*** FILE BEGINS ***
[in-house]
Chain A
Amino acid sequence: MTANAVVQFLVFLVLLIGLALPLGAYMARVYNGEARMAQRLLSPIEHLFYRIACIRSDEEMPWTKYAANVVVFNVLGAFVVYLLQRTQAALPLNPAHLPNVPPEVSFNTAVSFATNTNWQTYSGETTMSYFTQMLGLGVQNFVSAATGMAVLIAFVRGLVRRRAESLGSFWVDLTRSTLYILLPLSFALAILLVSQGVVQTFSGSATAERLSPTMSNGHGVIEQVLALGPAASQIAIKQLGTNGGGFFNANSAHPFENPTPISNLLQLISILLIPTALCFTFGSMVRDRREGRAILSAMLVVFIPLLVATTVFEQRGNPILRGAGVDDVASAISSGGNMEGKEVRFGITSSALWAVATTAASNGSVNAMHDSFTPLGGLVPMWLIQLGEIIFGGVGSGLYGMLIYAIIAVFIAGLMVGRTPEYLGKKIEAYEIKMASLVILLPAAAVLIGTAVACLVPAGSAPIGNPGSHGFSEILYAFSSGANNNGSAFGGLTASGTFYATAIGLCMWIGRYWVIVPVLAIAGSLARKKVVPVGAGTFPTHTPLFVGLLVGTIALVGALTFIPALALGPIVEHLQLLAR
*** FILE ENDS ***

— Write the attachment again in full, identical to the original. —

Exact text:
[in-house]
Chain A
Amino acid sequence: MTANAVVQFLVFLVLLIGLALPLGAYMARVYNGEARMAQRLLSPIEHLFYRIACIRSDEEMPWTKYAANVVVFNVLGAFVVYLLQRTQAALPLNPAHLPNVPPEVSFNTAVSFATNTNWQTYSGETTMSYFTQMLGLGVQNFVSAATGMAVLIAFVRGLVRRRAESLGSFWVDLTRSTLYILLPLSFALAILLVSQGVVQTFSGSATAERLSPTMSNGHGVIEQVLALGPAASQIAIKQLGTNGGGFFNANSAHPFENPTPISNLLQLISILLIPTALCFTFGSMVRDRREGRAILSAMLVVFIPLLVATTVFEQRGNPILRGAGVDDVASAISSGGNMEGKEVRFGITSSALWAVATTAASNGSVNAMHDSFTPLGGLVPMWLIQLGEIIFGGVGSGLYGMLIYAIIAVFIAGLMVGRTPEYLGKKIEAYEIKMASLVILLPAAAVLIGTAVACLVPAGSAPIGNPGSHGFSEILYAFSSGANNNGSAFGGLTASGTFYATAIGLCMWIGRYWVIVPVLAIAGSLARKKVVPVGAGTFPTHTPLFVGLLVGTIALVGALTFIPALALGPIVEHLQLLAR